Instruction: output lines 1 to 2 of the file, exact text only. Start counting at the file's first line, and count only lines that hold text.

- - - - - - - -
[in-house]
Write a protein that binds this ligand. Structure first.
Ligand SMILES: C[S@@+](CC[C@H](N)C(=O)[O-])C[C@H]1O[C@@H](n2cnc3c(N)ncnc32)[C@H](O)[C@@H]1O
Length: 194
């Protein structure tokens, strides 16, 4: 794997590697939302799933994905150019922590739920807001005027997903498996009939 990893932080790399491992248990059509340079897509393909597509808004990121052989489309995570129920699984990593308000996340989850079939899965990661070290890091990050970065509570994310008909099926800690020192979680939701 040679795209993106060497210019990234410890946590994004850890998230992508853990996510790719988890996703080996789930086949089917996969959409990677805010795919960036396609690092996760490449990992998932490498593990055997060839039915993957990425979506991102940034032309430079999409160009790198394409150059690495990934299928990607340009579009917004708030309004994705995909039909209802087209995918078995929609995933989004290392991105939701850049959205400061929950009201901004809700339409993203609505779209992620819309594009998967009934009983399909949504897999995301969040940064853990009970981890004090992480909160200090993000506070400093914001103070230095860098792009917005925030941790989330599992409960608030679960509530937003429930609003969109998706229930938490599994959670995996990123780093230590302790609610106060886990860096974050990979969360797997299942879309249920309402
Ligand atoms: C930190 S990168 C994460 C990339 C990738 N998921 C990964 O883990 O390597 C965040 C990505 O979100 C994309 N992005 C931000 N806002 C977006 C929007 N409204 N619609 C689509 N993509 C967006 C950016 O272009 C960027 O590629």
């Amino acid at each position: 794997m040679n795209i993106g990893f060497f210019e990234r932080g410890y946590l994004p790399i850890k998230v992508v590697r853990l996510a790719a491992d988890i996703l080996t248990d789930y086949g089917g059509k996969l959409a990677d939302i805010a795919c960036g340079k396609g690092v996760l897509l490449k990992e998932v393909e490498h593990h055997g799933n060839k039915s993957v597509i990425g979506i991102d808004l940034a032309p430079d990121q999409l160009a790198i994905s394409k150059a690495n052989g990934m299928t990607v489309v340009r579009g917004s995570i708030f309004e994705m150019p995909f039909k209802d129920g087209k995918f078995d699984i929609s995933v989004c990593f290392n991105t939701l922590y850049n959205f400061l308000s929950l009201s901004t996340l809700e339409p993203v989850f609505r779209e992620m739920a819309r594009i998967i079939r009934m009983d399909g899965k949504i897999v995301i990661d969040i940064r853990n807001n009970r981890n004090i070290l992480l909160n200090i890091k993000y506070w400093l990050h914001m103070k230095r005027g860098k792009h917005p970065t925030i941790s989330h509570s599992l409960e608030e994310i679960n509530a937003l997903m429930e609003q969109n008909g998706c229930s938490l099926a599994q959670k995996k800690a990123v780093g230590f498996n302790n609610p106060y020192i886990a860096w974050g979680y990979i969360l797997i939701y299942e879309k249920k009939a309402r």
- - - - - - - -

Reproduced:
[in-house]
Write a protein that binds this ligand. Structure first.